In the Book of Numbers we see the story take place. Twelve men are sent into the Promised Land to scout out the enemy. After forty days of gathering information, they come back and make the report to Moses. Ten of the Observers were frightened of the enemy and gave false reports while Joshua and Caleb, two of the observers who were not afraid of their enemies, gave a truthful account of what awaited across the Jordan River.
David, the biblical hero and king of Israel, is-or-was representative of the virtue of purity. At first glance, David appears anything but the symbol of Chivalric purity, and in some cases it is true. However, the type of purity that is being referenced is that of purity of the heart; which includes purity in our morals, motives, and methods.
Throughout the story of David in the Bible, we can see this purity of the heart take place; especially in his decision not to slay King Saul in the cave; even when it would have been advantageous of him to do so; and once again when he finds King Saul asleep in the tent. Additionally, the story of the later years of David's life where he takes mercy upon the last of Saul's line is another fine example of the purity of David's heart.
Judas Maccabeus was a Jewish hero who stood up against Antiochus IV, a Seleucid king who had forcibly conquered the Kingdom of Israel and all but outlawed the nation's religion. It is from his loyalty to his cause and his ability to inspire it in others that he personifies the chivalric virtue of loyalty.
It was Judas who led a rebellion and fought against the enemy using guerilla warfare; considering how woefully outnumbered his forces were; tactically it was his only option. Eventually, Judas amassed a large army and the external war against Antiochus was won for a short time.
Eventually, the Seleucid Empire, now under the command of Antiochus V, retaliated and sent a large army against Judas Maccabeus. Seeing the large numbers of the enemy forces before them, most of the Jewish rebellion army deserted, leaving Judas with a small number of loyal men to face their fates in the Battle of Elasa where Judas and his men perished.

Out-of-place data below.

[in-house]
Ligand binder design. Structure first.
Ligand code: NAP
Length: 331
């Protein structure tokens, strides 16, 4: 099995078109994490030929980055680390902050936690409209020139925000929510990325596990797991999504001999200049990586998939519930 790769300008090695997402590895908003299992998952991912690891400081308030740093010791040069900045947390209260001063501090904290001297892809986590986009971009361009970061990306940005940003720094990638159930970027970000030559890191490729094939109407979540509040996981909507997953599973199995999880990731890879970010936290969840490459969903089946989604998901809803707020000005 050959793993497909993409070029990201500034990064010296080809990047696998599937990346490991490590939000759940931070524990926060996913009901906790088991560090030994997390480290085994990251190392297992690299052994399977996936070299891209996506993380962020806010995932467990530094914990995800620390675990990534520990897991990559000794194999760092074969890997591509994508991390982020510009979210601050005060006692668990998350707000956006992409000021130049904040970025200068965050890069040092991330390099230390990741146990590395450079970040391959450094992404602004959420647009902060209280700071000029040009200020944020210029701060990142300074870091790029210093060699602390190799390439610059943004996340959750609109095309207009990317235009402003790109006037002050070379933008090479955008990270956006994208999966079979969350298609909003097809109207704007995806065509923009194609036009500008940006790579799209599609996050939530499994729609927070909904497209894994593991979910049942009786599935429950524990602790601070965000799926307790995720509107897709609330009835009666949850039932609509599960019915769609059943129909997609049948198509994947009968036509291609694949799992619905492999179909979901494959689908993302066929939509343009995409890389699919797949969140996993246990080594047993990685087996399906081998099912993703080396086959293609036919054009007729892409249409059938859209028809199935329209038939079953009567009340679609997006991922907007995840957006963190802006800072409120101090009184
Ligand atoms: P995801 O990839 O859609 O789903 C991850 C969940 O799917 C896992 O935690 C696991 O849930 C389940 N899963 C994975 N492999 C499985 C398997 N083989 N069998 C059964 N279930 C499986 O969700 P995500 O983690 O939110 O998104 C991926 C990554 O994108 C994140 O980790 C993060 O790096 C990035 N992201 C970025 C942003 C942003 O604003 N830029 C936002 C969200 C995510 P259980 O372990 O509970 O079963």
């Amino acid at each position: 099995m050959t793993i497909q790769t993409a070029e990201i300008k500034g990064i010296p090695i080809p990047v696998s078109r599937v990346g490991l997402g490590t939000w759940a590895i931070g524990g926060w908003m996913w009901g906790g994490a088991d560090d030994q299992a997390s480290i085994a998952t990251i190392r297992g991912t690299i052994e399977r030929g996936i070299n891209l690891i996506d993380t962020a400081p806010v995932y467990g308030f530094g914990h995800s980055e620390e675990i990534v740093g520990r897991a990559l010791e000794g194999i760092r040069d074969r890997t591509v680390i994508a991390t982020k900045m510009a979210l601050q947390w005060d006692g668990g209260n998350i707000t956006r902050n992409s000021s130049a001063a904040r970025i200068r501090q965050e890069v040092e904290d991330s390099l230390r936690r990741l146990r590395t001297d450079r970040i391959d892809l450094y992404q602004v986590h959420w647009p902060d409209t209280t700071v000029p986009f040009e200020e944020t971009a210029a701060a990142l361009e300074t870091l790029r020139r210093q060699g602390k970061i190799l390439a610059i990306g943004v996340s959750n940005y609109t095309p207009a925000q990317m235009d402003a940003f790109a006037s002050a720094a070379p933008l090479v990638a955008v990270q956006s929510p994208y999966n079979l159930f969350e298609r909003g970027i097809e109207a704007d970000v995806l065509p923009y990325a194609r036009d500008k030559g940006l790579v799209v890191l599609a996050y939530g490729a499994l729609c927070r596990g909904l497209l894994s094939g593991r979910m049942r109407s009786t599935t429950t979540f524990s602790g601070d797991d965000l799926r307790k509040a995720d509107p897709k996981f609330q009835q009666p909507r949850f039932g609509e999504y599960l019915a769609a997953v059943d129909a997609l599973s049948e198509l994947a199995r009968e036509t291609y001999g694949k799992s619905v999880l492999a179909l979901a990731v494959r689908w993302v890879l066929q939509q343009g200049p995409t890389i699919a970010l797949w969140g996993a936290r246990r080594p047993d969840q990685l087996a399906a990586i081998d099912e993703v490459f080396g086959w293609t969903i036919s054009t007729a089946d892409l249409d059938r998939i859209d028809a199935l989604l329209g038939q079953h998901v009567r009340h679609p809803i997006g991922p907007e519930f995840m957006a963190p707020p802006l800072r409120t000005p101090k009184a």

Putting it Together
Incorporating the virtues of the Three Good Jews takes a more personal note than the other two triads of Worthies. Their virtues push us to look deep within and are more difficult to express in our everyday outward appearances. However, these virtues are evident on the battlefield and are often shown by those who take up the sword. Having Joshua's truth means that a fighter calls shots that are good, no matter what he expects to gain in the tourney. The purity of David is fighting for a good cause; such as for the honor of your loved one or for the sheer enjoyment of the match. Judas' loyalty is seen when a fighter is loyal to his master and his honor.
For those of us who do not fight, we can look at the examples of the Three Good Jews and express them ourselves. Exemplifying Joshua's truth can be as simple as speaking the truth to those who ask for honest opinions. The purity of David is having clear morals and motives when dealing with others, no matter what station or degree. Judas Maccabeus' loyalty is the loyalty we give to those of our household, our friends, and those we serve under.